Gamal Abdel Nasser until today is represented and referred to as al-Zai’m, the Leader, par excellence. Until the film came out, Nasser 1956, in 1996 there were other more subtle performances. Ahmed Zaki stared in the film as Nasser and the performance only framed a small period of Nasser’s presence in power, which included the nationalization of the Suez Canal Company. The choice of the actor, period to be covered and grey scale picture all form part of the signs and symbols of the era. Likewise in literature, Latifa el-Zayat, in her book, al-Bab al-maftouh (the Open Door), published in 1960, provided a more heroic representation of the Free Officers and the policies carried out after the 1952 “revolution.”El-Zayat’s book was made into a film but it did not transcend generational boundaries as Rodd Qalbi did. Rodd Qalbi, Hand Me Back My Heart, is a film, which had the famous line: “the gardener’s son became an officer, Ingy.” The film that carries a romantic love story shows how the dictatorship of the King and his clan from the Pashas who owned large pieces of land, ‘ezba, enslaved the people who served them. The representation of the tyranny of the Pasha and his son – the one who uttered the famous line addressing his sister who was in love with the gardener’s son – reflected that of the king before his ouster.

However, there were films that were hidden, censored and removed from sight of the public. This includes the famous performance by Adel Imam and Abdel Min’aim Madbouli in Ihna beto’ el-autobees (We Are the People from the Bus); al-Karnak, taken from Mahfouz’s novel; and Tharthara fawq al-nile (Adrift on the Nile), also extracted from Mahfouz’s novel. All which cover a different side of the hero and popular leader of the people reframed in Nasser 1956.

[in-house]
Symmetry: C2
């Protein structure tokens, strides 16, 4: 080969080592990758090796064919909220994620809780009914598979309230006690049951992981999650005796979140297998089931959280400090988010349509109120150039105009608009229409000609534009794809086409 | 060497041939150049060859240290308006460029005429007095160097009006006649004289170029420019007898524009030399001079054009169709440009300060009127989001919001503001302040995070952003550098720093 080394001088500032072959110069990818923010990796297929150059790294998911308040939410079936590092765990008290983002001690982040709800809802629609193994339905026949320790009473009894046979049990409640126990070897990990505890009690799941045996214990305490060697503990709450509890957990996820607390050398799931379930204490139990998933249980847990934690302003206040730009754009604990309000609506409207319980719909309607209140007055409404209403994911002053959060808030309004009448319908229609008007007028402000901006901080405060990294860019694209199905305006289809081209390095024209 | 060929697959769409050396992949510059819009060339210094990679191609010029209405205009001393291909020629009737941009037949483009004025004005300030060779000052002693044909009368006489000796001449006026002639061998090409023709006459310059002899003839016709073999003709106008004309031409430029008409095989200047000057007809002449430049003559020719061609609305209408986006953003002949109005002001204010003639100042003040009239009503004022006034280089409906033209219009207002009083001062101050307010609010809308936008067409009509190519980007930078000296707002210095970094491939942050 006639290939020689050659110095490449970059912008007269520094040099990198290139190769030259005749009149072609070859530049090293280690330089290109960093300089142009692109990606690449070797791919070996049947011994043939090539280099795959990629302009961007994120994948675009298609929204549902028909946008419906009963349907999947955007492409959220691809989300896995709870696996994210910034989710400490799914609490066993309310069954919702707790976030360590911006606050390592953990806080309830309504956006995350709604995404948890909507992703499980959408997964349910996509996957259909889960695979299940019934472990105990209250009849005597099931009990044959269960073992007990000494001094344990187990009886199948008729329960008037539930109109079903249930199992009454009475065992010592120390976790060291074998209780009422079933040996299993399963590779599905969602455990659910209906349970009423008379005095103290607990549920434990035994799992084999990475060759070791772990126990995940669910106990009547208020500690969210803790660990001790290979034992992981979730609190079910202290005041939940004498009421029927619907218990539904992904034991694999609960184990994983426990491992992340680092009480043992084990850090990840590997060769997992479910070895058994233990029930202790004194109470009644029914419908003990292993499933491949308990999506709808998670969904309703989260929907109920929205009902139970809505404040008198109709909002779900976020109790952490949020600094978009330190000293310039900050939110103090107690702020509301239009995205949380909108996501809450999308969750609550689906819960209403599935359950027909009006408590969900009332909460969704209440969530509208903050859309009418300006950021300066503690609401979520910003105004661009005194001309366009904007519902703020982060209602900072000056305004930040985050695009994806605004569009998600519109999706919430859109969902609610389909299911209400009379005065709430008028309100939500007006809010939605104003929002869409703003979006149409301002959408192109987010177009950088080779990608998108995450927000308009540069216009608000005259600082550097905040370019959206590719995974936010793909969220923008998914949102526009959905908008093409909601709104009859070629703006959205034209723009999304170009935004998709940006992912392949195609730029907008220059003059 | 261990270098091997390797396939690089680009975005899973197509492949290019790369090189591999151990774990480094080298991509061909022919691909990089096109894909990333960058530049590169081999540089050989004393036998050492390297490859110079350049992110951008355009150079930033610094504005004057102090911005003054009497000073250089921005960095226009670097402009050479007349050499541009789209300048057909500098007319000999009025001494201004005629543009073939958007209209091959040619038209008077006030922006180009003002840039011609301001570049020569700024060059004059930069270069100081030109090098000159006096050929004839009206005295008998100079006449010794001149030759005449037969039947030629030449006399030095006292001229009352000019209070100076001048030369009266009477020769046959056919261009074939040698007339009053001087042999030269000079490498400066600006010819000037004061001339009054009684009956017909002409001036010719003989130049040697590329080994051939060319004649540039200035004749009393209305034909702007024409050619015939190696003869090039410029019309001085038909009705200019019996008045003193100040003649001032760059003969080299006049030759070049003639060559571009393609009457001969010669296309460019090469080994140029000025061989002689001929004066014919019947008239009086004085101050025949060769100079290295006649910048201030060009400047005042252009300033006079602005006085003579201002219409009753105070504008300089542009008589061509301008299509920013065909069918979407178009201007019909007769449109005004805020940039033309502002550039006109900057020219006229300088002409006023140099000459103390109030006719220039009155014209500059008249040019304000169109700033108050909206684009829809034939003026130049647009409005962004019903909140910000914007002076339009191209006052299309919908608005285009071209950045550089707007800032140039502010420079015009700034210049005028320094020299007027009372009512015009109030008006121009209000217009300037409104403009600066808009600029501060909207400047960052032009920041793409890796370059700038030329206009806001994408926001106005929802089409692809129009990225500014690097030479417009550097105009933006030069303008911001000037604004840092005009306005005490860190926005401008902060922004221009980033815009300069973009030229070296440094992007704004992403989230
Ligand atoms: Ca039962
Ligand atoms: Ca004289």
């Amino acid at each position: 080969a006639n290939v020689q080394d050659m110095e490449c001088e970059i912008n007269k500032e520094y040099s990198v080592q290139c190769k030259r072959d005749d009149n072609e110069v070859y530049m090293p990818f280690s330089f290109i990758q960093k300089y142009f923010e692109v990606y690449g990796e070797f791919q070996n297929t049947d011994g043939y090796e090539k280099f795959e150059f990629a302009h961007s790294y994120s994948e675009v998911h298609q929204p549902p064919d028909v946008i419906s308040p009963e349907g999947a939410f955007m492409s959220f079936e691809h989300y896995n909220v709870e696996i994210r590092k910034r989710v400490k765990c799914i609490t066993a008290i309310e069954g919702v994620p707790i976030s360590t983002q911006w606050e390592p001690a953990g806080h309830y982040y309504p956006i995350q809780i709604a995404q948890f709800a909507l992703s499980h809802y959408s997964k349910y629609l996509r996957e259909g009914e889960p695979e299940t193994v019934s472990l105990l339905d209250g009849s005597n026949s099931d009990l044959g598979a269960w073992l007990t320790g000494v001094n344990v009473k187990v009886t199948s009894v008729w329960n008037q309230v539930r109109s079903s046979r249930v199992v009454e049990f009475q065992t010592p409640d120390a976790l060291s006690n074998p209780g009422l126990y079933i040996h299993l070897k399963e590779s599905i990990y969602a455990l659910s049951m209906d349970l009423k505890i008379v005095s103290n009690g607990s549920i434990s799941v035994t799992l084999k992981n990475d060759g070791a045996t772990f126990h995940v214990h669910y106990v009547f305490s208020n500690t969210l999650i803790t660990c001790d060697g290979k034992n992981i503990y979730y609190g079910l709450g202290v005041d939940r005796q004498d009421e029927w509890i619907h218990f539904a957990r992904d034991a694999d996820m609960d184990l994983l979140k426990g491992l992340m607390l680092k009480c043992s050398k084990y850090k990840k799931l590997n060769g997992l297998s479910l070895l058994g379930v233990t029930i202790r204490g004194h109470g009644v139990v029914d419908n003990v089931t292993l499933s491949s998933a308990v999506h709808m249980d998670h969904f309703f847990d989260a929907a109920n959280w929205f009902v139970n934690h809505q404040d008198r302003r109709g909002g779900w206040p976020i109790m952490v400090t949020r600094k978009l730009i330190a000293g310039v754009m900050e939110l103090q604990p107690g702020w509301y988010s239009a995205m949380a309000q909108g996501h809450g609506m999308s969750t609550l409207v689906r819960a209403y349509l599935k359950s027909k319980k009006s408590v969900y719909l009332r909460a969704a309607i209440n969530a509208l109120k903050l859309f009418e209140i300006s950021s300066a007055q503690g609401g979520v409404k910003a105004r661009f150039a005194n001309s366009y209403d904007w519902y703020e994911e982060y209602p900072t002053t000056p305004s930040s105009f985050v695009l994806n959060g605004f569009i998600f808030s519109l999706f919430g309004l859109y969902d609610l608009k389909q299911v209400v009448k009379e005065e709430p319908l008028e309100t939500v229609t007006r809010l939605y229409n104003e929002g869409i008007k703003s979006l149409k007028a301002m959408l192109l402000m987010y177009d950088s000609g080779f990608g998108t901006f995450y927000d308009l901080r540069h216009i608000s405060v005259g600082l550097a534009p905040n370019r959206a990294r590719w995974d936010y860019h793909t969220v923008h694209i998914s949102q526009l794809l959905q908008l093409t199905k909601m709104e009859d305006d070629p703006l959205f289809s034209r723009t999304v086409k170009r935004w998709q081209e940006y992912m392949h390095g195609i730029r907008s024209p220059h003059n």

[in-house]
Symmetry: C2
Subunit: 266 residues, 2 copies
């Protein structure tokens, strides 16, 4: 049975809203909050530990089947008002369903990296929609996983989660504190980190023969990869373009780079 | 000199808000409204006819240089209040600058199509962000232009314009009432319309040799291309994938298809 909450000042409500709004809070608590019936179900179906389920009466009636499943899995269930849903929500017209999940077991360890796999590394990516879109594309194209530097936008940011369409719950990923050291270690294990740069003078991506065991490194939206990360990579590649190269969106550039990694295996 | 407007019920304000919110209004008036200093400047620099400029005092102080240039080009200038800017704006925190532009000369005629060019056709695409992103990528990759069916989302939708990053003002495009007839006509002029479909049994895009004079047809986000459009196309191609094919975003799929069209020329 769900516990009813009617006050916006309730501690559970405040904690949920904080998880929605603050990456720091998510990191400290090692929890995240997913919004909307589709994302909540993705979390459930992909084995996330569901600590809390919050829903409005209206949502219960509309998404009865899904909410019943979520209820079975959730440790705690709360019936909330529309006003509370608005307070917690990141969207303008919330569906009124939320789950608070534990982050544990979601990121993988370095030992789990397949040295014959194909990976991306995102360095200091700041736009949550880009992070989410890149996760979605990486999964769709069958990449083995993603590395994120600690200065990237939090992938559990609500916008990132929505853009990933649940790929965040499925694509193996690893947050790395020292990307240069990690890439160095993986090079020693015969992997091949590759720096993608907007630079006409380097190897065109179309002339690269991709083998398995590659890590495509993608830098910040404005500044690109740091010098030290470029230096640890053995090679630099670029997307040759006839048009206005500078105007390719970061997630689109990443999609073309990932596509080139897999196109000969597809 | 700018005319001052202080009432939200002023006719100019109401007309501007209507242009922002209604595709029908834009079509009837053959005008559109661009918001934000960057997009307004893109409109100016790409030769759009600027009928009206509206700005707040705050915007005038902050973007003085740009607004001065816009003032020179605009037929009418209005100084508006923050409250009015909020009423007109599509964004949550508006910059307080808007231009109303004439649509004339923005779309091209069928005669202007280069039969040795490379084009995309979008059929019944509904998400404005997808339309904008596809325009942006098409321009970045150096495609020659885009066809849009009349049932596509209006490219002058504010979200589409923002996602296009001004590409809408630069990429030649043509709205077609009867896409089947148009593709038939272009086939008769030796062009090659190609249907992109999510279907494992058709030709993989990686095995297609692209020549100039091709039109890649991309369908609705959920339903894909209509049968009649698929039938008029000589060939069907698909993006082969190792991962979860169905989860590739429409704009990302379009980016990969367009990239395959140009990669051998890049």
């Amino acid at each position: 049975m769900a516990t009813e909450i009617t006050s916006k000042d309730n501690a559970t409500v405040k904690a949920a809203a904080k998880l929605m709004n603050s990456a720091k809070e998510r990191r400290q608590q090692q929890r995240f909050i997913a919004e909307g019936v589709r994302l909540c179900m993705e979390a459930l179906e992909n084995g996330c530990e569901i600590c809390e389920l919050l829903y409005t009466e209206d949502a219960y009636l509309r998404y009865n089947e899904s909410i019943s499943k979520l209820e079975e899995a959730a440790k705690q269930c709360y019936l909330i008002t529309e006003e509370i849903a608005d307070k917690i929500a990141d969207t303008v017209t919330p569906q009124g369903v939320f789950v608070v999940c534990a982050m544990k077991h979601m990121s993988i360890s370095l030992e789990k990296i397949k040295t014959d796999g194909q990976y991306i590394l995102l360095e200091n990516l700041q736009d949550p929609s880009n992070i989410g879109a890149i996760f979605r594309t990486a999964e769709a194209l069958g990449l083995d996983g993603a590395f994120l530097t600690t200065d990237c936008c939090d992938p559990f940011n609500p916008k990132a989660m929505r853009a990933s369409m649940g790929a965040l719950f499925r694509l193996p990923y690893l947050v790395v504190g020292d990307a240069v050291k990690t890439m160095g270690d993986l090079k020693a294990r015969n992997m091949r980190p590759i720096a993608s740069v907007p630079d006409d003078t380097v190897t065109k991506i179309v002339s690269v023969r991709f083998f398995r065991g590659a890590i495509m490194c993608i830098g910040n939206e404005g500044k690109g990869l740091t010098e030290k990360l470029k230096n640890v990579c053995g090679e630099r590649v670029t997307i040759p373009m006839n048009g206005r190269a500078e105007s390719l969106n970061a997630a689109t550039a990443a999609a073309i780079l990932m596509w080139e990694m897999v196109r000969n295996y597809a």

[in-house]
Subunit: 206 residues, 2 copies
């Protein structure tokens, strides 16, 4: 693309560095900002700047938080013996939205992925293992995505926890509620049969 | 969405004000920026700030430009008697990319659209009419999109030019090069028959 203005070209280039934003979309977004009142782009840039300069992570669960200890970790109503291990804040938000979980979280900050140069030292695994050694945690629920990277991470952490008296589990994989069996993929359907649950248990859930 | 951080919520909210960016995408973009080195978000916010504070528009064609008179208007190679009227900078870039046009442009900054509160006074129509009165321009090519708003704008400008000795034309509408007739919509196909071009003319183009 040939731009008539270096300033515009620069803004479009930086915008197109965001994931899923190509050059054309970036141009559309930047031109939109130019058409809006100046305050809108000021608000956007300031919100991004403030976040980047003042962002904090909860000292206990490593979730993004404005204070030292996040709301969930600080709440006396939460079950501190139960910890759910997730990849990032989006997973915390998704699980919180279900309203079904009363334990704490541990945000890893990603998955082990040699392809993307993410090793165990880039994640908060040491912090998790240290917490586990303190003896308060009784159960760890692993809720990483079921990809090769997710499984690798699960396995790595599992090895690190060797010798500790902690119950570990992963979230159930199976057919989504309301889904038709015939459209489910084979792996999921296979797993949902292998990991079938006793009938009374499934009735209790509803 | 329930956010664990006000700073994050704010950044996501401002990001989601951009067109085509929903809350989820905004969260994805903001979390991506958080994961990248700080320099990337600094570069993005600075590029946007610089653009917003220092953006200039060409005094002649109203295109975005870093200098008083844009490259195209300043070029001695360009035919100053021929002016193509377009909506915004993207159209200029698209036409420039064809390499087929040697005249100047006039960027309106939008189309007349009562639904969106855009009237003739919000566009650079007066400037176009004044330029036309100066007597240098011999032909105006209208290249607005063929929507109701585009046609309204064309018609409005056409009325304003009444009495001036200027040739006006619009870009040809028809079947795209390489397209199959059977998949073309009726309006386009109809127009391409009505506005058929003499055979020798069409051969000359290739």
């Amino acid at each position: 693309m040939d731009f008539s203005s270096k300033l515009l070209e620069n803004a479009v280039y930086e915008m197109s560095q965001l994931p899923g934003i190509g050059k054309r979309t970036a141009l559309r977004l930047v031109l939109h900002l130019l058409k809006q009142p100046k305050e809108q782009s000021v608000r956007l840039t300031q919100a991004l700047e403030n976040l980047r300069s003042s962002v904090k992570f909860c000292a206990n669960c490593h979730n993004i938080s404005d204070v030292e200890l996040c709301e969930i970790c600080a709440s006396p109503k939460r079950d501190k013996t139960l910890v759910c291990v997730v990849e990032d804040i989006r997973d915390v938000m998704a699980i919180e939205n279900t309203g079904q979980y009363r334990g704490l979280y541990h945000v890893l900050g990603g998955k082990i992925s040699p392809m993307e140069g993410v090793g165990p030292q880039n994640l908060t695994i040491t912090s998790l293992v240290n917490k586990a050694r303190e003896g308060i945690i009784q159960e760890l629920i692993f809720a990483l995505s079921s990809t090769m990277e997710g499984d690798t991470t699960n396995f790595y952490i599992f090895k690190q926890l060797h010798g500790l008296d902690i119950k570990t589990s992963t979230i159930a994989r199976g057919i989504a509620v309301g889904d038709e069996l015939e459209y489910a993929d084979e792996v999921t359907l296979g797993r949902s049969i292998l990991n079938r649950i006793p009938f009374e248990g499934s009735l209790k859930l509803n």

In literature Nasser was viewed differently than the hero that appeared in the film. Mahfouz was among the first to give a graphic representation and framing of Nasser and his era. In his novel published in 1974, al-Karnak, Mahfouz provides a rare expression of the sense of fear and terrorism by the Nasser regime. From torture to political prisoners, both male and female, al-Karnak covered it. Ahdaf Soueif did not hide the tyranny of the government during Nasser’s time either and in turn framed him as a dictator in her novel, The Map of Love, published in 1999.

Sadat: the middle child of the “revolution”

Sadat had a positive aura surrounding his presence in various representations. He was always depicted – even in school textbooks and popular discourse – as the leader who put Egypt back at the top of the MENA region. The one that carried out the Infitah, economic opening, which helped advance Egypt.This was attributed to his corrective revolution, al-Thawra al-tasHiHeya, his elimination of the leftist movements and introduction of more liberal economic policies. However, Mahfouz’s The Day the Leader Was Killed, Youm maqtal al-zaim, was intentionally put on hold from publication upon the request of Jihan al-Sadat, the departed president’s wife. The book referred to various analogies that might be true for both Nasser and Sadat.

During Sadat’s time, several films that addressed the issue of torture in prison and mass arrests were produced. The representation in We are the People from the Bus of how cold blooded torture took place in Nasser’s prisons was considered only the reflection of a dictator at the top of the chain. However, the same representation could be used for Sadat’s era, especially the late 1970’s.The dictator was represented in the film as the Police Officer that headed the prison.